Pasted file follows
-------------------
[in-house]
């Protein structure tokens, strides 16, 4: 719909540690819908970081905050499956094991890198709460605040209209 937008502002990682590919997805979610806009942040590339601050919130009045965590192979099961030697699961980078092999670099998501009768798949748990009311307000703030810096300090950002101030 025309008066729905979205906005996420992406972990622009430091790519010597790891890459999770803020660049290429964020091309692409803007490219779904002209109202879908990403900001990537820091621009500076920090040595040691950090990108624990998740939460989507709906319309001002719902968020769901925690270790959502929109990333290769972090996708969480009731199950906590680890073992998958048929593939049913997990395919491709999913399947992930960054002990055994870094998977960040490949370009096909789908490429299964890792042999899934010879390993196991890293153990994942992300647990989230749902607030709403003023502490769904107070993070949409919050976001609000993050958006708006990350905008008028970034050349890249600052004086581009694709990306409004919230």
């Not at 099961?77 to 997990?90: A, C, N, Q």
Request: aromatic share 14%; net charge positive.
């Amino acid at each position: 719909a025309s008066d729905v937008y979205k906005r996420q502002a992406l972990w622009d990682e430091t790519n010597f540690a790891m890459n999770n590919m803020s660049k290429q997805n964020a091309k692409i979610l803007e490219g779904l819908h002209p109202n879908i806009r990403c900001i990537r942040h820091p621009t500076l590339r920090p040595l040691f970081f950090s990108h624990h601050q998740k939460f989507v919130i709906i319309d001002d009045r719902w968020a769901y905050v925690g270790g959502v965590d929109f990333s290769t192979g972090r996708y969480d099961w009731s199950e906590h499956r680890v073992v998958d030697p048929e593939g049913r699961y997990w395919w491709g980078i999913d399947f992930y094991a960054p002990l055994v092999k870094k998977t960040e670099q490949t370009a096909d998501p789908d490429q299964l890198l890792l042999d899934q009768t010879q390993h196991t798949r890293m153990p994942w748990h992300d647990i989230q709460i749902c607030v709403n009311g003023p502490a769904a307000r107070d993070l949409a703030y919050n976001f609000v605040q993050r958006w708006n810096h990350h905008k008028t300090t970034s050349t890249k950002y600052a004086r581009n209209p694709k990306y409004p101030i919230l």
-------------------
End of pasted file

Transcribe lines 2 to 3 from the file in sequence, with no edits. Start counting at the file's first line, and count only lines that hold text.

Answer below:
């Protein structure tokens, strides 16, 4: 719909540690819908970081905050499956094991890198709460605040209209 937008502002990682590919997805979610806009942040590339601050919130009045965590192979099961030697699961980078092999670099998501009768798949748990009311307000703030810096300090950002101030 025309008066729905979205906005996420992406972990622009430091790519010597790891890459999770803020660049290429964020091309692409803007490219779904002209109202879908990403900001990537820091621009500076920090040595040691950090990108624990998740939460989507709906319309001002719902968020769901925690270790959502929109990333290769972090996708969480009731199950906590680890073992998958048929593939049913997990395919491709999913399947992930960054002990055994870094998977960040490949370009096909789908490429299964890792042999899934010879390993196991890293153990994942992300647990989230749902607030709403003023502490769904107070993070949409919050976001609000993050958006708006990350905008008028970034050349890249600052004086581009694709990306409004919230």
């Not at 099961?77 to 997990?90: A, C, N, Q």